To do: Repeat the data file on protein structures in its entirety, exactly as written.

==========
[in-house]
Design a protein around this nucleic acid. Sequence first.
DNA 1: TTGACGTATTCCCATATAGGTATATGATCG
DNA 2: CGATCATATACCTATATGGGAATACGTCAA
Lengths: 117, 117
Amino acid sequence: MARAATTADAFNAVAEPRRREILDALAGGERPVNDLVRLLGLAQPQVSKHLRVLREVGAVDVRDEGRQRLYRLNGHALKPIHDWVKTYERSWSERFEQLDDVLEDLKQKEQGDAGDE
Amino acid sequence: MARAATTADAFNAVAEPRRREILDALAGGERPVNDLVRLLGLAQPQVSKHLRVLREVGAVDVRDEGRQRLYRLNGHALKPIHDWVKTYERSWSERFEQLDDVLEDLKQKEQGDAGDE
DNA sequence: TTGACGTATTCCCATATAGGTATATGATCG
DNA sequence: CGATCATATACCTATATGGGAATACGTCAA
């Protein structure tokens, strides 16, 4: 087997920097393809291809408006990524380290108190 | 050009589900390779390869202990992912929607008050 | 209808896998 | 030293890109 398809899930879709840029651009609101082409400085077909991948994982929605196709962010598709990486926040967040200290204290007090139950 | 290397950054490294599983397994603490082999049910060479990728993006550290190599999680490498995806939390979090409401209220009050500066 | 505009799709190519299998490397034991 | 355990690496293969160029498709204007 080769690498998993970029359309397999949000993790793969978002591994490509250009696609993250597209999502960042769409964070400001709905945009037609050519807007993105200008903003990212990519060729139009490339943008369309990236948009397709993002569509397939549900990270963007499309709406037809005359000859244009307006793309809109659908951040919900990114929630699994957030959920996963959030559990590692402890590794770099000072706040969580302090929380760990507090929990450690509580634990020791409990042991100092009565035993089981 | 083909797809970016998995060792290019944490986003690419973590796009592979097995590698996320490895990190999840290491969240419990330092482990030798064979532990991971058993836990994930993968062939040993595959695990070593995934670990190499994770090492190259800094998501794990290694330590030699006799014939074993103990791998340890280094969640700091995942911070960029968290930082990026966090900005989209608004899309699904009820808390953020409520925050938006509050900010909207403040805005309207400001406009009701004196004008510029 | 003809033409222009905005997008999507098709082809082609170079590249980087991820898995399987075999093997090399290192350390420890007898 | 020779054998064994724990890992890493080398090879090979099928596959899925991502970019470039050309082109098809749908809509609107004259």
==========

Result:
[in-house]
Design a protein around this nucleic acid. Sequence first.
DNA 1: TTGACGTATTCCCATATAGGTATATGATCG
DNA 2: CGATCATATACCTATATGGGAATACGTCAA
Lengths: 117, 117
Amino acid sequence: MARAATTADAFNAVAEPRRREILDALAGGERPVNDLVRLLGLAQPQVSKHLRVLREVGAVDVRDEGRQRLYRLNGHALKPIHDWVKTYERSWSERFEQLDDVLEDLKQKEQGDAGDE
Amino acid sequence: MARAATTADAFNAVAEPRRREILDALAGGERPVNDLVRLLGLAQPQVSKHLRVLREVGAVDVRDEGRQRLYRLNGHALKPIHDWVKTYERSWSERFEQLDDVLEDLKQKEQGDAGDE
DNA sequence: TTGACGTATTCCCATATAGGTATATGATCG
DNA sequence: CGATCATATACCTATATGGGAATACGTCAA
């Protein structure tokens, strides 16, 4: 087997920097393809291809408006990524380290108190 | 050009589900390779390869202990992912929607008050 | 209808896998 | 030293890109 398809899930879709840029651009609101082409400085077909991948994982929605196709962010598709990486926040967040200290204290007090139950 | 290397950054490294599983397994603490082999049910060479990728993006550290190599999680490498995806939390979090409401209220009050500066 | 505009799709190519299998490397034991 | 355990690496293969160029498709204007 080769690498998993970029359309397999949000993790793969978002591994490509250009696609993250597209999502960042769409964070400001709905945009037609050519807007993105200008903003990212990519060729139009490339943008369309990236948009397709993002569509397939549900990270963007499309709406037809005359000859244009307006793309809109659908951040919900990114929630699994957030959920996963959030559990590692402890590794770099000072706040969580302090929380760990507090929990450690509580634990020791409990042991100092009565035993089981 | 083909797809970016998995060792290019944490986003690419973590796009592979097995590698996320490895990190999840290491969240419990330092482990030798064979532990991971058993836990994930993968062939040993595959695990070593995934670990190499994770090492190259800094998501794990290694330590030699006799014939074993103990791998340890280094969640700091995942911070960029968290930082990026966090900005989209608004899309699904009820808390953020409520925050938006509050900010909207403040805005309207400001406009009701004196004008510029 | 003809033409222009905005997008999507098709082809082609170079590249980087991820898995399987075999093997090399290192350390420890007898 | 020779054998064994724990890992890493080398090879090979099928596959899925991502970019470039050309082109098809749908809509609107004259």